doi = {10.1016/j.carbon.2016.06.083},
journal = {Carbon},
number = C,
volume = 108,
place = {United States},
year = 2016,
month = 7
}

Journal Article:
Free Publicly Available Full Text
Publisher's Version of Record

Save / Share:
  • The surface structure of thick (400 A) Gd(0001) films, epitaxially grown on W(110), is investigated by low-energy electron-diffraction (LEED) {ital IV} measurements in combination with dynamical LEED calculations. A first-layer contraction of 2.4% and a second-layer spacing expansion of 1% is found. These findings are in good agreement with literature values determined for the (0001) surface of bulk Gd crystals. No significant difference in the LEED {ital IV} data is found between films grown at room temperature and films grown at elevated temperatures.
  • The surface symmetry of cubic boron nitride (111) (c-BN) is characterized by low-electron energy diffraction. The polished c-BN (111) and hydrogen-plasma-treated sample both exhibit a 1{times}1 surface structure. The surface is effectively etched by hydrogen plasma. High-resolution Auger and electron-energy-loss spectroscopy studies confirmed that the hydrogen-etched surface retains the integrity of crystalline c-BN (111). Characteristic energy-loss peaks at 15 eV due to an interband transition and at 37 eV due to a bulk plasmon can be observed on the single-crystal surface, even though they are usually absent from the energy-loss spectra of pyrolytic or polycrystalline BN samples. {copyright} {ital 1997}more » {ital The American Physical Society}« less
  • Carbonaceous matter in peridotite xenoliths and basalt from the Hualalai Volcano, in a basalt glass collected directly from an active lava lake on the east rift of Kilauea, in garnet and diopside megacrysts from the Jagersfontein kimberlite, and in gabbros from the Stillwater and Bushveld Complexes has been studied by X-ray photoelectron spectroscopy (XPS), thermal-desorption surface analysis by laser ionization (SALI), and low-energy electron diffraction (LEED). The basalt and two of the four xenoliths from Hualalai and both Jagersfontein megacrysts yielded trace quantities ({le}10 nanomoles) of organic compounds on heating to 700C. Organics were not detected in the rocks frommore » the layered intrusions, and neither carbonaceous matter nor organics were detected in the glass from the lava lake. Where detected, organics appear to be associated with carbonaceous films on microcrack surfaces. Carbonaceous matter exists as films less than a few nm thick and particles up to 20 {mu}m across, both of which contain elements expected to be present in significant quantities in magmatic vapors, namely Si, alkalis, halogens, N, and transition metals. LEED studies suggest that the carbonaceous films are amorphous. The data suggest two possible mechanisms for the formation of the organics. One is that they are a product of abiotic heterogeneous catalysis of volcanic gas on new, chemically active mineral surfaces formed by fracturing during cooling. Alternatively, organics may have been assimilated into the volcanic gases prior to eruption and then deposited on cracks formed during eruption and cooling. In any case, there is no evidence to suggest that the organics represent laboratory or field biogenic contamination.« less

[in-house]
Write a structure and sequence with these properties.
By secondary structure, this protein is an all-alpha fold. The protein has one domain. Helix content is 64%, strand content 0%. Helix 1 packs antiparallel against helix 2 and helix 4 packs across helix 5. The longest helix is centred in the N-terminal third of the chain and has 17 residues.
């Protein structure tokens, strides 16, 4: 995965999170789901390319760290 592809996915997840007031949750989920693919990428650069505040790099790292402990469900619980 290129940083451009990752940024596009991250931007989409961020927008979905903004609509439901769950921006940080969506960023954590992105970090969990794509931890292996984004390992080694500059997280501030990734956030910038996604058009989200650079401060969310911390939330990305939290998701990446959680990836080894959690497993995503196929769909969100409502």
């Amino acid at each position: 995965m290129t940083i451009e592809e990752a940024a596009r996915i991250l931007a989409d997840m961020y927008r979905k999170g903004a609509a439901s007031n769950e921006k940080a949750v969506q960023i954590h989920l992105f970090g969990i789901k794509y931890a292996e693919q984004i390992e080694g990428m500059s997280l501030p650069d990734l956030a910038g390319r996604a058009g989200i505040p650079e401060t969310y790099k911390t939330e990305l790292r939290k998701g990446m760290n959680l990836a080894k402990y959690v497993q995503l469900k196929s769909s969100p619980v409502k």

• Previous low-energy electron-diffraction patterns show that the W(001) surface reconstructs at room temperature when exposed to hydrogen. Vibrational EELS data indicate that the tungsten atoms move together to form dimers which must be aligned in (10) directions to satisfy the symmetry requirement. The two possible dimer orientations define two orthogonal, degenerate domains. It has also been shown that steps on a surface may limit the growth of the reconstruction domains and may also influence the relative abundance of the domain orientations. The authors report here an extension of this previous work on step effects involving the relationship of step orientationmore » to domain growth and selection. Results obtained for three W(001) surfaces are compared. 7 references, 2 figures.« less